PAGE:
1. Not ‘timeboxing’ your schedule
If you plan your daily workload in your calendar or online tool you will have a better chance of not going overtime. It’s easy to lose track of time or let some tasks distract you from getting more important things done. Timeboxing forces to start … and stop work so you can finish all the things you need to get done.
2. Ignoring Not Urgent but Important Tasks
It’s easy to focus your attention on things that are urgent, or appear urgent, but could be put aside until later. Most crises or urgent items arise from someone else’s urgent need to have something done right away. Make sure you stick to your plan to spend time on your own priorities as scheduled, and rearrange less important tasks so you can accommodate any emergency.
3. Not saying no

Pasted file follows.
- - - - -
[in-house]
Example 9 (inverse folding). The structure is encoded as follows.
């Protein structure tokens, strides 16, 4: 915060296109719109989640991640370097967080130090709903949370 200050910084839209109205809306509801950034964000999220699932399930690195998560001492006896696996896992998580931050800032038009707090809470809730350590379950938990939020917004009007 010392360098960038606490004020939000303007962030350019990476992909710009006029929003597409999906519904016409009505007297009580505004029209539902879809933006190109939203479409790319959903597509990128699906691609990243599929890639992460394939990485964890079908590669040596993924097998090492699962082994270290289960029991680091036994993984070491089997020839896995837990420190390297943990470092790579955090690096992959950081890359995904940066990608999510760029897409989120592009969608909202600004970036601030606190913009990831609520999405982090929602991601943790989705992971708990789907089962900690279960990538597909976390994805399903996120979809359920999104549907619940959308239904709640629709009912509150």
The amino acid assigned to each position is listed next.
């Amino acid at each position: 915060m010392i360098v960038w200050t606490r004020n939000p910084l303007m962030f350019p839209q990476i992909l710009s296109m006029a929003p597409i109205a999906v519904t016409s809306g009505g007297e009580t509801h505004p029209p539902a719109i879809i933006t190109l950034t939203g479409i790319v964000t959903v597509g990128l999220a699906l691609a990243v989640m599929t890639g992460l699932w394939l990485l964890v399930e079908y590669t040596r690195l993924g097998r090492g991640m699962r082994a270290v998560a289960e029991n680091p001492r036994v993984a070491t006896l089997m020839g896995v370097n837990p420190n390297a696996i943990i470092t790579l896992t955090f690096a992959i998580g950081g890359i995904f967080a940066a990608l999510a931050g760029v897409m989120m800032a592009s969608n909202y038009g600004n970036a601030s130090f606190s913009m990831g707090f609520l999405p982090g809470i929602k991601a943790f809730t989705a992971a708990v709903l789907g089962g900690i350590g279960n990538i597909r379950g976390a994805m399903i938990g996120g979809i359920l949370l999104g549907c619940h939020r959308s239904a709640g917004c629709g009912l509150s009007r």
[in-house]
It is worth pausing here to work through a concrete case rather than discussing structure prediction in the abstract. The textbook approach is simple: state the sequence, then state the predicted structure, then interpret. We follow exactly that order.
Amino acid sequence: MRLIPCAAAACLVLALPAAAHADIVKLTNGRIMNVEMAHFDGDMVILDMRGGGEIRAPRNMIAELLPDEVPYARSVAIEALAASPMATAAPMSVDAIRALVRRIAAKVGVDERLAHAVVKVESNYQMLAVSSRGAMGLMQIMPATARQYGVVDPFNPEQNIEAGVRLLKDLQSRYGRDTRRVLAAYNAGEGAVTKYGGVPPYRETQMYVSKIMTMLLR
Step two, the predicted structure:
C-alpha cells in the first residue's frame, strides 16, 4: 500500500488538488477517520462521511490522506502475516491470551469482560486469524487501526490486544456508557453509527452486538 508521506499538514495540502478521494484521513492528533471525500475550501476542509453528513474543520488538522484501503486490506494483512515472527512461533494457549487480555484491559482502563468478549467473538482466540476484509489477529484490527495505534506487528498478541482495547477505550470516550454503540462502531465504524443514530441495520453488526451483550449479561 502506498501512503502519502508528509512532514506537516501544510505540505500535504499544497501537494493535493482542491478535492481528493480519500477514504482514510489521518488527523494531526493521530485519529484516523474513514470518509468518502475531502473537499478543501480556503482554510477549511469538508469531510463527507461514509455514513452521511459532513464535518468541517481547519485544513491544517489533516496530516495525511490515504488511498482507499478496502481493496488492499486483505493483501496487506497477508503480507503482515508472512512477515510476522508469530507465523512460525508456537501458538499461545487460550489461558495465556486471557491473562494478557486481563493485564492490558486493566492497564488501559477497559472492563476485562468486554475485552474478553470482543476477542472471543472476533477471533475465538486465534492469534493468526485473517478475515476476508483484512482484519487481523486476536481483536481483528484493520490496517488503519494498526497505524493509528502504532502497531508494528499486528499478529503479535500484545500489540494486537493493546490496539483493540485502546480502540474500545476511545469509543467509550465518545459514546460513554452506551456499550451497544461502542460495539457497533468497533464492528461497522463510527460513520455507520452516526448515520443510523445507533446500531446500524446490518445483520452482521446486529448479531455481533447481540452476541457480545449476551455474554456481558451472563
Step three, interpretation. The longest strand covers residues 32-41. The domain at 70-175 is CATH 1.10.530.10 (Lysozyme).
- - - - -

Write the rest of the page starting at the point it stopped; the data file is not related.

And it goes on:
If your schedule is seriously overloaded, you will feel overwhelmed and unlikely to get everything on your list done. Don’t be too ambitious by stuffing more into your schedule than you can realistically achieve. And if you get a last minute, urgent request – it’s okay to say no (or not now).
4. Being busy doing nothing
There’s a difference between doing a lot of things and getting a lot done. Being busy doesn’t always end in results. Focus instead on high value, high leverage activities. Learn to delegate. Spend your time on activities that will yield results vs. puttering.
5. Getting lost in (cyber) space
Hours can fly by when you’re idling ‘online’. Set some reasonable limits around how much time is required (timebox) each day and enforce it!